Elma Napier’s remarkable memoir chronicles her love affair with Dominica. It began in 1932 when she turned her back on London’s high society to build a home in Calibishie, then a remote village on Dominica’s north coast.
There are tales of bohemian house parties, of war and death, smugglers and servants and, above all, of stories inspired by her political life as the only woman in a colonial parliament, her love for the island’s turbulent landscapes and her curiosity about the lives and culture of its people.
I envy Elma Napier for realising that most romantic of dreams: falling in love with a tropical island and deciding, like Robert Louis Stevenson, to make a life there.
One of the most remarkable things about this remarkable woman is that she could write – and how! I can’t think of any evocation of a beautiful place more vivid than this.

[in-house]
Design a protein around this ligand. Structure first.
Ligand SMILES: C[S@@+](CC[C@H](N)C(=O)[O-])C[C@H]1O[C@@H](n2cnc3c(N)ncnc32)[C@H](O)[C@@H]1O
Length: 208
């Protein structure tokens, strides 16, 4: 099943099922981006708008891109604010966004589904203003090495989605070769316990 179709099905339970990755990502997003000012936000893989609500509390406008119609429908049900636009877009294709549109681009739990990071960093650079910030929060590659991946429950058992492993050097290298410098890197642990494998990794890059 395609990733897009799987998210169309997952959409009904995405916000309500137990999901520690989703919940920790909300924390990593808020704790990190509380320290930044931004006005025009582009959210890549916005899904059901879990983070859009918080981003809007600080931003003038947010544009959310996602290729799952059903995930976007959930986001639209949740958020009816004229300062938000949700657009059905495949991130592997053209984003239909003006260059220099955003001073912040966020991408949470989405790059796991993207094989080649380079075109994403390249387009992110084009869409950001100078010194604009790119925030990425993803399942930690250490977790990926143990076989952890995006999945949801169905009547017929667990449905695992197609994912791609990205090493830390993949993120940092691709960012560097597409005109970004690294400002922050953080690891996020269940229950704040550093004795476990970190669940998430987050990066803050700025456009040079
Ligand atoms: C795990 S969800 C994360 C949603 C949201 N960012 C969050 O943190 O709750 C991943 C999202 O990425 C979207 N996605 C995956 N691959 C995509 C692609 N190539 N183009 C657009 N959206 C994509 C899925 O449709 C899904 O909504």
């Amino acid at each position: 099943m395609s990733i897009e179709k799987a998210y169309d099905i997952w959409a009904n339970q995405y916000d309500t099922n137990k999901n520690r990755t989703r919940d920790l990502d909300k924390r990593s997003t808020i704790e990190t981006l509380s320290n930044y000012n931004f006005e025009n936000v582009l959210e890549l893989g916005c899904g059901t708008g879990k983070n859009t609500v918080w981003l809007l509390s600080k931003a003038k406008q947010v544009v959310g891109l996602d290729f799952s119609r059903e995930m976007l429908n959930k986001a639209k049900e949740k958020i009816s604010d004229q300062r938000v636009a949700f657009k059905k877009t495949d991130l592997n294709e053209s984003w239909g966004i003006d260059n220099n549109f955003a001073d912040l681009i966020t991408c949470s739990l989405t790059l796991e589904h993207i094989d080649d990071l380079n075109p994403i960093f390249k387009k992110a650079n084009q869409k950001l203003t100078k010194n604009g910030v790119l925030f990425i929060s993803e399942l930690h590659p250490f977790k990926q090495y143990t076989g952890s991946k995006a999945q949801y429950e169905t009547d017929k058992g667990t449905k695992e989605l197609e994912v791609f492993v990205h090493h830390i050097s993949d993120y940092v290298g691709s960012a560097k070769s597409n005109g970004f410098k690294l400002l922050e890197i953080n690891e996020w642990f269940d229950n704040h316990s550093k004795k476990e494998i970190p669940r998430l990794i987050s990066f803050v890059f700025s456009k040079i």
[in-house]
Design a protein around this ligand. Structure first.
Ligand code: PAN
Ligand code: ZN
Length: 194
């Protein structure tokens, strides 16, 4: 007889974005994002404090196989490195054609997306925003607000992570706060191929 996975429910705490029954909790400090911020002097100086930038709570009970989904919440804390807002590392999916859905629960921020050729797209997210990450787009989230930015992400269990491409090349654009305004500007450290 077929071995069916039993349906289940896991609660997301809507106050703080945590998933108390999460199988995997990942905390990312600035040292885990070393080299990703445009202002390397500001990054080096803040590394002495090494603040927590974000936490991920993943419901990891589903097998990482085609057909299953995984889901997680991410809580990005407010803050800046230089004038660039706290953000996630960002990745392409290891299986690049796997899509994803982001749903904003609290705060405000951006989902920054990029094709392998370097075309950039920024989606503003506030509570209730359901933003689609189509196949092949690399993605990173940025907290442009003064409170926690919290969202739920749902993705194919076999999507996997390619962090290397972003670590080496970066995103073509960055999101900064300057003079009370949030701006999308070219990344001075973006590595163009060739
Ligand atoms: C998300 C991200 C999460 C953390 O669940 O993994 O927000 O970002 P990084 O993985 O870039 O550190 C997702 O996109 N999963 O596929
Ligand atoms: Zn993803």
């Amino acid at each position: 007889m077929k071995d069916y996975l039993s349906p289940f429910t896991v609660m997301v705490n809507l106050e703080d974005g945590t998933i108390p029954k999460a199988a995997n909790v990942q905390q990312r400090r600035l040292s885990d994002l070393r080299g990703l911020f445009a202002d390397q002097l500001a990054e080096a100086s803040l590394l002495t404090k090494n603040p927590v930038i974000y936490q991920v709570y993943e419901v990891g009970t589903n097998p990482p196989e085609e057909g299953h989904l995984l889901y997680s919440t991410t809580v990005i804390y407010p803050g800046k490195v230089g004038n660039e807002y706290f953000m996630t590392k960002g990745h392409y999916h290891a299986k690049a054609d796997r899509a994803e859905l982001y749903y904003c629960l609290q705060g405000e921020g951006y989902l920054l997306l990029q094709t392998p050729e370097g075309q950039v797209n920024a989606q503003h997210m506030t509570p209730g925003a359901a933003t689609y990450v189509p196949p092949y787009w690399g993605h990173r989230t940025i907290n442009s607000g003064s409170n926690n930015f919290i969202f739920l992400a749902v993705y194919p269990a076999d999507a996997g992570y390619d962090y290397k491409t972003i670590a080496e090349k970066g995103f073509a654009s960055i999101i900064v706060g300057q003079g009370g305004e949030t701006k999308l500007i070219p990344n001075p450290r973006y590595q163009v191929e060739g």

Elma Napier had the gift to draw the reader in to the complexity of her experience in Dominica – its comedies, sadnesses, frustrations, deep satisfactions. A woman I won’t forgot…a book that people will love.
– Diana Athill, prize-winning writer and former publisher>
[Napier’s] detailed descriptions of exploring Dominica, the frustrations of trying to implement change and improvement, and life in the colonial Caribbean during the war years, all make fascinating and very entertaining reading…A precious book, Black and White Sands is sure to captivate readers.
– Paul Crask, Caribbean Beat
A beautifully written memoir: the prose sparkles, the anecdotes are lively, the descriptions capture a natural world of wonderful richness and variety….Few books ever written give a better sense of what Elma Napier calls Dominica’s “mysterious charm”, a charm which has continued to entangle many visitors in its sweet embrace.
– Peter Hulme, New West Indian Guide